1200 people to walk 100km to help Oxfam

By Peter Thornton

Eager participants prepare to set off on their two-day ordeal.  Photo / Supplied
Eager participants prepare to set off on their two-day ordeal. Photo / Supplied

From first light this morning 1200 walkers were due to begin a 100km walk throughout the Taupo region in the annual Oxfam Trailwalker.

The event involves teams of four people running or walking a 100km off-road trail in 36 hours and raising money to help some of the world's most vulnerable people.

The Oxfam Trailwalker is described as the most life-changing, team building, foot slogging, friendship forming and group hugging experience you will ever take on.

"It's a special event because each step that people take makes a real difference for people in extreme poverty," said Jason Garman, the communications and media manager for Oxfam NZ. The event, which began in New Zealand in 2006 with 750 participants, has grown over the years.

It has earned the reputation as an ultimate physical and mental test of endurance and a great way to fundraise for the charity Oxfam.

The Oxfam Trailwalker first started as a training exercise for the elite Queen's Gurkha Signals Regiment in Hong Kong in 1981.

Since then, it has grown into the charity's biggest fundraising event and now happens annually in 11 countries.

"The funds that Oxfam Trailwalker teams raise have a huge impact on the lives of people living in poverty in the developing world," said Garman. "Communities are able to build clean water supplies, families learn how to grow more food, women are protected from violence, children are given the chance at an education, and survivors of cyclones, droughts and other disasters can rebuild their lives."

The 100km walk is divided into seven stages and all four members must complete the walk together.

Jacquie Heath is the team leader of the BDOlympians who are making their debut in the event this week.

"We are feeling a bit nervous to be honest, because we know it is going to be a big challenge," said the 27-year-old accountant. "We have done a lot of training, walked 50km together and been away on a training weekend. We have a few niggles but we are as prepared as we are going to be."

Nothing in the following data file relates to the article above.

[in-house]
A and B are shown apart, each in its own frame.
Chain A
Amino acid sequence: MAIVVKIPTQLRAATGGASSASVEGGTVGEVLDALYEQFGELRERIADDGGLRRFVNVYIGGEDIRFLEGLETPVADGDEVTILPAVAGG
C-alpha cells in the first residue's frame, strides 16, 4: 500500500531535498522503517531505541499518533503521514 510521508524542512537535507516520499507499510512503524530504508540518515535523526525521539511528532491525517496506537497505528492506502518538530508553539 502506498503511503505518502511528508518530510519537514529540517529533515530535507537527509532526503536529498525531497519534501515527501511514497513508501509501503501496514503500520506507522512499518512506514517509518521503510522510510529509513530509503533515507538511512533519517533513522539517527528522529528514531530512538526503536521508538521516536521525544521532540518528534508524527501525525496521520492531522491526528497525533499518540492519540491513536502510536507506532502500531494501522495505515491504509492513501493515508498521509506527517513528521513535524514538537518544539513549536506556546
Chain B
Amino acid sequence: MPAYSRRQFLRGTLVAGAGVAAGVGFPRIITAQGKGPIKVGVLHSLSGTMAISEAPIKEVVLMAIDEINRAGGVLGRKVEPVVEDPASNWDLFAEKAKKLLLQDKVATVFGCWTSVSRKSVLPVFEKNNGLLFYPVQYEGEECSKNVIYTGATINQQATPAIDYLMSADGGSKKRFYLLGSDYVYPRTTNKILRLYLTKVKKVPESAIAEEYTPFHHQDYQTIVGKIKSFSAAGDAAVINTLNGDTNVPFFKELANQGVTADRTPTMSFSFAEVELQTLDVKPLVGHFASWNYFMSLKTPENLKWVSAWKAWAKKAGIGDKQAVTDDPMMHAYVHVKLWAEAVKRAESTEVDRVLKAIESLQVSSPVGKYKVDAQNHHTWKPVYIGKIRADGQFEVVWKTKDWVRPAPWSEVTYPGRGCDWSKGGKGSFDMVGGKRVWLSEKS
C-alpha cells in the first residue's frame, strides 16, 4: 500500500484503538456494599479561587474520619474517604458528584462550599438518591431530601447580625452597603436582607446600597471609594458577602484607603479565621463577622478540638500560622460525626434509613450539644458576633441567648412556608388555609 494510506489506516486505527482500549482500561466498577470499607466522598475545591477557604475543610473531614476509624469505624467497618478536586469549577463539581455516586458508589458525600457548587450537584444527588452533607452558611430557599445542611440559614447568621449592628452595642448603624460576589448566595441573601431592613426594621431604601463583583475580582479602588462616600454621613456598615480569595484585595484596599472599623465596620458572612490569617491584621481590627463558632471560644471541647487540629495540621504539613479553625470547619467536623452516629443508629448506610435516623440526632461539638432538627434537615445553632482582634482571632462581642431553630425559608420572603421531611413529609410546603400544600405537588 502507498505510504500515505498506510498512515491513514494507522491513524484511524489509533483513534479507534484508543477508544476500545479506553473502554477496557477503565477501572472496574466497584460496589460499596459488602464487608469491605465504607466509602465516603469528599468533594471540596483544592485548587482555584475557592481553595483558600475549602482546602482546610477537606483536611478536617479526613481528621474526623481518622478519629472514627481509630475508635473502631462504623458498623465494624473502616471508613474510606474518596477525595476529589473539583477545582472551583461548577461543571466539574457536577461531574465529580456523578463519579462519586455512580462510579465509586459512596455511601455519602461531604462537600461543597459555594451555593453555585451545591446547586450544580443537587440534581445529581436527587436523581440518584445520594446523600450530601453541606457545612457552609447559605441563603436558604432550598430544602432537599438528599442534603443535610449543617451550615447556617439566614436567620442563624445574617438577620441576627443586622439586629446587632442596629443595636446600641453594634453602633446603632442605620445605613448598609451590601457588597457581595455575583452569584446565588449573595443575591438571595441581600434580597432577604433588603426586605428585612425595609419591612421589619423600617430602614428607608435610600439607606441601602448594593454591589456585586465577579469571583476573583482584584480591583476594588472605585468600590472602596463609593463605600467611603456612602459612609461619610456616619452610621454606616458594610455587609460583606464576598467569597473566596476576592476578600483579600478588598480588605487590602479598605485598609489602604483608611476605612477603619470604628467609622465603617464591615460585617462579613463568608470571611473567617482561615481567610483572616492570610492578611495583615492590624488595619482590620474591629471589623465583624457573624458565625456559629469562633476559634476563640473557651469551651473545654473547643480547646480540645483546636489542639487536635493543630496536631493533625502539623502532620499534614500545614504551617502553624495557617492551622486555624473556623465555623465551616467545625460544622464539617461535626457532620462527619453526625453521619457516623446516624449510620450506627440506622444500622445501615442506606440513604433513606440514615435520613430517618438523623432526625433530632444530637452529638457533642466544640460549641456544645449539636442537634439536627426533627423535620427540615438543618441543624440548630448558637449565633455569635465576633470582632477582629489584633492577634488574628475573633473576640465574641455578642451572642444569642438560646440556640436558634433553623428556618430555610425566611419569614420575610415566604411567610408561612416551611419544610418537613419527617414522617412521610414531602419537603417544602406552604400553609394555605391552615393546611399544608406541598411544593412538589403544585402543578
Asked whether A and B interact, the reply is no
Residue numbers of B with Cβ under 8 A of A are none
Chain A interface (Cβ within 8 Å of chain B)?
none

Heath believed that the toughest part of the Trailwalker was going to be coping with tiredness.

"I think the sleep deprivation will take its toll and emotions will be running high," she said. "My boyfriend is one of our team members which could make it interesting. But we have grown a lot as a team in our training. We have got to know each other really well and we are determined to deal with whatever comes up together. Everyone will get through to the end." Heath said they have been advised that the role of the support crew was vitally important.

Garman explained the support team meets their teams at each of the seven checkpoints along the course. They cook them food, give massages, offer up fresh socks, refill drink bottles and most importantly, give encouragement. Having a support crew is a requirement to enter the event.

Heath is up for the challenge and is gearing up for a fine but cold weekend in Taupo. "It is pretty daunting when you start out but walking 100km is achievable. We can't wait to get into it and to reach the finish on Sunday will be a pretty special feeling."

Oxfam Trailwalker

When: Today and tomorrow

Where: Taupo

What: Walking a 100km off-road trail in teams of four in 36 hours to raise money for Oxfam.

For more information visit: www.oxfamtrailwalker.org.nz

- NZ Herald

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